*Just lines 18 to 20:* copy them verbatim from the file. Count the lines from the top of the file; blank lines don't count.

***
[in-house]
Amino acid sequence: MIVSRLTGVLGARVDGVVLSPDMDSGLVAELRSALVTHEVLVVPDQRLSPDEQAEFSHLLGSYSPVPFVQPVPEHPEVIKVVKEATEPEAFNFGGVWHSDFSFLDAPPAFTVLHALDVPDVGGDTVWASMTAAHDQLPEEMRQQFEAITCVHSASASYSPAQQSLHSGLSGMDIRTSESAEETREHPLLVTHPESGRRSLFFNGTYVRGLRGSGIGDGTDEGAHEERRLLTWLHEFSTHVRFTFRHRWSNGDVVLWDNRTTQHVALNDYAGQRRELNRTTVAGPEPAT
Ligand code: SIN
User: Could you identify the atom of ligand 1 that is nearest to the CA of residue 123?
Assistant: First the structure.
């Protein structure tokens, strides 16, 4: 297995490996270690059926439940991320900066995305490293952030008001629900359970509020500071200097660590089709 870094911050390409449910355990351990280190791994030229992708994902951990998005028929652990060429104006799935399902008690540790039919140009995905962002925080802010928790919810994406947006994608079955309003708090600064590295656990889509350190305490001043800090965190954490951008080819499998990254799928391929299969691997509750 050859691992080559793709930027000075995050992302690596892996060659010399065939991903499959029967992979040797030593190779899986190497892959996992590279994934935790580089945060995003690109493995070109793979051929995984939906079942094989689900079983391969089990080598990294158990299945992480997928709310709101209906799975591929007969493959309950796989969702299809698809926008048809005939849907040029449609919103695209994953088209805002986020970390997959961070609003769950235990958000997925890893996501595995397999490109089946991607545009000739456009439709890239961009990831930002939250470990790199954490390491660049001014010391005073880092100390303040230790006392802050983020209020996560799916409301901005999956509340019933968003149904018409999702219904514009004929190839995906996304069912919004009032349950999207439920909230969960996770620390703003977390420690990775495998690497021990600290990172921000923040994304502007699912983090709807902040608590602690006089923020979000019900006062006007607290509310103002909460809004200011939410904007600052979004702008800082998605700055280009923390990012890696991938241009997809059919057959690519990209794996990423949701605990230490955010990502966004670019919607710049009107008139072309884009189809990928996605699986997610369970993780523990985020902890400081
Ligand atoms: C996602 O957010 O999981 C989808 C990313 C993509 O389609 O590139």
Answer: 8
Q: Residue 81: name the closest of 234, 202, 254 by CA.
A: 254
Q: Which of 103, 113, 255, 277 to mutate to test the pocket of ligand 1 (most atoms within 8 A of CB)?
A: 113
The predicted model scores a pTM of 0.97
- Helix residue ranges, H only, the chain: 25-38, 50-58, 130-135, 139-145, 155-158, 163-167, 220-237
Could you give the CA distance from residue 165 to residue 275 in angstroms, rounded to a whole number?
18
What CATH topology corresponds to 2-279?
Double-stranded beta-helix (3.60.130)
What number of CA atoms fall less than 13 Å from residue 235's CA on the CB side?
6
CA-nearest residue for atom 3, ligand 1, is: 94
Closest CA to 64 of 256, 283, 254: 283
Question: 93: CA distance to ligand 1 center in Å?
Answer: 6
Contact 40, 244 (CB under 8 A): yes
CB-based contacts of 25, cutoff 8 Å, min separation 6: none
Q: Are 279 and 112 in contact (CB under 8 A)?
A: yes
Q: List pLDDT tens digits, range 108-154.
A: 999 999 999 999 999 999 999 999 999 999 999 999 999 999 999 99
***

Double-stranded beta-helix (3.60.130)
What number of CA atoms fall less than 13 Å from residue 235's CA on the CB side?
6